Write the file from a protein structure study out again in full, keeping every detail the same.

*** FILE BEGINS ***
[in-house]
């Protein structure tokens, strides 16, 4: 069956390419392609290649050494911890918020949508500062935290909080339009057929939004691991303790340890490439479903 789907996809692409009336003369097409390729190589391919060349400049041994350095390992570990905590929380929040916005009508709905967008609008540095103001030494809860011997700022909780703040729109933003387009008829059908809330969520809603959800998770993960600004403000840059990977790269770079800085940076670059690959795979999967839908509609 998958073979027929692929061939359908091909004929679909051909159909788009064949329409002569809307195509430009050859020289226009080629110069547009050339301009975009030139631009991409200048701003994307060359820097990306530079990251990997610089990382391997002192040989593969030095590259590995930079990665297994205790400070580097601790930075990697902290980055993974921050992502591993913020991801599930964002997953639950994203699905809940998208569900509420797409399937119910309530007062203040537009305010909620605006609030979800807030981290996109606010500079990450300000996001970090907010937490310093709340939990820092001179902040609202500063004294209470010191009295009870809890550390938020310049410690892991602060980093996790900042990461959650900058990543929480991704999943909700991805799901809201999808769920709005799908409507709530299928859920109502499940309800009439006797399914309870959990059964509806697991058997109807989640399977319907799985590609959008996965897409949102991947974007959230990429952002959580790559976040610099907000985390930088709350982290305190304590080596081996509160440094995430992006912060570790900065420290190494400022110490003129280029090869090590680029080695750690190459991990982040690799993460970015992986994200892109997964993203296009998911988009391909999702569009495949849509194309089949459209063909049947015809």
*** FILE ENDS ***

[in-house]
């Protein structure tokens, strides 16, 4: 069956390419392609290649050494911890918020949508500062935290909080339009057929939004691991303790340890490439479903 789907996809692409009336003369097409390729190589391919060349400049041994350095390992570990905590929380929040916005009508709905967008609008540095103001030494809860011997700022909780703040729109933003387009008829059908809330969520809603959800998770993960600004403000840059990977790269770079800085940076670059690959795979999967839908509609 998958073979027929692929061939359908091909004929679909051909159909788009064949329409002569809307195509430009050859020289226009080629110069547009050339301009975009030139631009991409200048701003994307060359820097990306530079990251990997610089990382391997002192040989593969030095590259590995930079990665297994205790400070580097601790930075990697902290980055993974921050992502591993913020991801599930964002997953639950994203699905809940998208569900509420797409399937119910309530007062203040537009305010909620605006609030979800807030981290996109606010500079990450300000996001970090907010937490310093709340939990820092001179902040609202500063004294209470010191009295009870809890550390938020310049410690892991602060980093996790900042990461959650900058990543929480991704999943909700991805799901809201999808769920709005799908409507709530299928859920109502499940309800009439006797399914309870959990059964509806697991058997109807989640399977319907799985590609959008996965897409949102991947974007959230990429952002959580790559976040610099907000985390930088709350982290305190304590080596081996509160440094995430992006912060570790900065420290190494400022110490003129280029090869090590680029080695750690190459991990982040690799993460970015992986994200892109997964993203296009998911988009391909999702569009495949849509194309089949459209063909049947015809």